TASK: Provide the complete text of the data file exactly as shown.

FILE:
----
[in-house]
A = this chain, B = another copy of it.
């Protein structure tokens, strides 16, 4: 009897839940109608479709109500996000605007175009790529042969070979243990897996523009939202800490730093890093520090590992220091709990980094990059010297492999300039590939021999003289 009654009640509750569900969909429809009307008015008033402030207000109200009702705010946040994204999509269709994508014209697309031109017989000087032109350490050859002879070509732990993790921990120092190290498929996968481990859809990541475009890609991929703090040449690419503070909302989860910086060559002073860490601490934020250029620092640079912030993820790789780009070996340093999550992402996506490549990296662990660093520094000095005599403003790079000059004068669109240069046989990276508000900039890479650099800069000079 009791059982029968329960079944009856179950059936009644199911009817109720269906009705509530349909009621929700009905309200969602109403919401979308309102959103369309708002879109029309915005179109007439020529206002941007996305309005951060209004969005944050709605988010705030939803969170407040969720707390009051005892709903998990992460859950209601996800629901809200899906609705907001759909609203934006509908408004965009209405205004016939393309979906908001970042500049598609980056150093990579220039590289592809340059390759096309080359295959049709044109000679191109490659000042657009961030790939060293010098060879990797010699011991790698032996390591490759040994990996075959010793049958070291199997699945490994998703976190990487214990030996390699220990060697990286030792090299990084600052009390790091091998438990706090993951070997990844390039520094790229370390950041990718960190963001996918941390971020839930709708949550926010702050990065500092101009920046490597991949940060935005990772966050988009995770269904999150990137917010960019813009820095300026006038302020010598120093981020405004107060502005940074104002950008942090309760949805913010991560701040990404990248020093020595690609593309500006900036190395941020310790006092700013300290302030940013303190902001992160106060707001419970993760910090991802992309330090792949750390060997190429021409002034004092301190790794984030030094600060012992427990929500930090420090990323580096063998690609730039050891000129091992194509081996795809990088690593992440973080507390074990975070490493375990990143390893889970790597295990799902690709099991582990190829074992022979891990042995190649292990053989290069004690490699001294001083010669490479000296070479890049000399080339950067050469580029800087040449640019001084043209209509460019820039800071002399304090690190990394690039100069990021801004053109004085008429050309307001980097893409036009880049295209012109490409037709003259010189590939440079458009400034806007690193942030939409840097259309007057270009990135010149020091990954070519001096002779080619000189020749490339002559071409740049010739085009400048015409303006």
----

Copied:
[in-house]
A = this chain, B = another copy of it.
């Protein structure tokens, strides 16, 4: 009897839940109608479709109500996000605007175009790529042969070979243990897996523009939202800490730093890093520090590992220091709990980094990059010297492999300039590939021999003289 009654009640509750569900969909429809009307008015008033402030207000109200009702705010946040994204999509269709994508014209697309031109017989000087032109350490050859002879070509732990993790921990120092190290498929996968481990859809990541475009890609991929703090040449690419503070909302989860910086060559002073860490601490934020250029620092640079912030993820790789780009070996340093999550992402996506490549990296662990660093520094000095005599403003790079000059004068669109240069046989990276508000900039890479650099800069000079 009791059982029968329960079944009856179950059936009644199911009817109720269906009705509530349909009621929700009905309200969602109403919401979308309102959103369309708002879109029309915005179109007439020529206002941007996305309005951060209004969005944050709605988010705030939803969170407040969720707390009051005892709903998990992460859950209601996800629901809200899906609705907001759909609203934006509908408004965009209405205004016939393309979906908001970042500049598609980056150093990579220039590289592809340059390759096309080359295959049709044109000679191109490659000042657009961030790939060293010098060879990797010699011991790698032996390591490759040994990996075959010793049958070291199997699945490994998703976190990487214990030996390699220990060697990286030792090299990084600052009390790091091998438990706090993951070997990844390039520094790229370390950041990718960190963001996918941390971020839930709708949550926010702050990065500092101009920046490597991949940060935005990772966050988009995770269904999150990137917010960019813009820095300026006038302020010598120093981020405004107060502005940074104002950008942090309760949805913010991560701040990404990248020093020595690609593309500006900036190395941020310790006092700013300290302030940013303190902001992160106060707001419970993760910090991802992309330090792949750390060997190429021409002034004092301190790794984030030094600060012992427990929500930090420090990323580096063998690609730039050891000129091992194509081996795809990088690593992440973080507390074990975070490493375990990143390893889970790597295990799902690709099991582990190829074992022979891990042995190649292990053989290069004690490699001294001083010669490479000296070479890049000399080339950067050469580029800087040449640019001084043209209509460019820039800071002399304090690190990394690039100069990021801004053109004085008429050309307001980097893409036009880049295209012109490409037709003259010189590939440079458009400034806007690193942030939409840097259309007057270009990135010149020091990954070519001096002779080619000189020749490339002559071409740049010739085009400048015409303006």